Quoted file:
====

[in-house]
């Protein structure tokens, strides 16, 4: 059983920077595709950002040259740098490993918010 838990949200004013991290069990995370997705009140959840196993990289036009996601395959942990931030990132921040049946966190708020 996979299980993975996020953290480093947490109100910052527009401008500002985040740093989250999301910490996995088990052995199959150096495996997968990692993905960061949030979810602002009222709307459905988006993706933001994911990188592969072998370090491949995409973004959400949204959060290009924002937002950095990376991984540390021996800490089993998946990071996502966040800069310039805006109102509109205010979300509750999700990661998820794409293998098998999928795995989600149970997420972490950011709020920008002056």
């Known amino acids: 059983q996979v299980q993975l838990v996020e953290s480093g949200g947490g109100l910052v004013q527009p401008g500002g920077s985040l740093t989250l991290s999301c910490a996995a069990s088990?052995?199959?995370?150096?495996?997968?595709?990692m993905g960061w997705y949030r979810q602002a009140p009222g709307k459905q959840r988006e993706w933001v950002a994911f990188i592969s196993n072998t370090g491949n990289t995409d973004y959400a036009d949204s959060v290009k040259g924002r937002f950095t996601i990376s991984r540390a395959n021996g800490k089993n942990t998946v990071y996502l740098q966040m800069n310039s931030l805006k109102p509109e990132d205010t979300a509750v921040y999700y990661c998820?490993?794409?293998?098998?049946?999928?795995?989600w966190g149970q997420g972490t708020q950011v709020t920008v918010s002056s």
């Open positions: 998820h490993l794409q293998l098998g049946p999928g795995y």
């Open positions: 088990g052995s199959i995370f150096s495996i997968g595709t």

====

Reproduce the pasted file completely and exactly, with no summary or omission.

[in-house]
């Protein structure tokens, strides 16, 4: 059983920077595709950002040259740098490993918010 838990949200004013991290069990995370997705009140959840196993990289036009996601395959942990931030990132921040049946966190708020 996979299980993975996020953290480093947490109100910052527009401008500002985040740093989250999301910490996995088990052995199959150096495996997968990692993905960061949030979810602002009222709307459905988006993706933001994911990188592969072998370090491949995409973004959400949204959060290009924002937002950095990376991984540390021996800490089993998946990071996502966040800069310039805006109102509109205010979300509750999700990661998820794409293998098998999928795995989600149970997420972490950011709020920008002056």
């Known amino acids: 059983q996979v299980q993975l838990v996020e953290s480093g949200g947490g109100l910052v004013q527009p401008g500002g920077s985040l740093t989250l991290s999301c910490a996995a069990s088990?052995?199959?995370?150096?495996?997968?595709?990692m993905g960061w997705y949030r979810q602002a009140p009222g709307k459905q959840r988006e993706w933001v950002a994911f990188i592969s196993n072998t370090g491949n990289t995409d973004y959400a036009d949204s959060v290009k040259g924002r937002f950095t996601i990376s991984r540390a395959n021996g800490k089993n942990t998946v990071y996502l740098q966040m800069n310039s931030l805006k109102p509109e990132d205010t979300a509750v921040y999700y990661c998820?490993?794409?293998?098998?049946?999928?795995?989600w966190g149970q997420g972490t708020q950011v709020t920008v918010s002056s």
């Open positions: 998820h490993l794409q293998l098998g049946p999928g795995y």
């Open positions: 088990g052995s199959i995370f150096s495996i997968g595709t």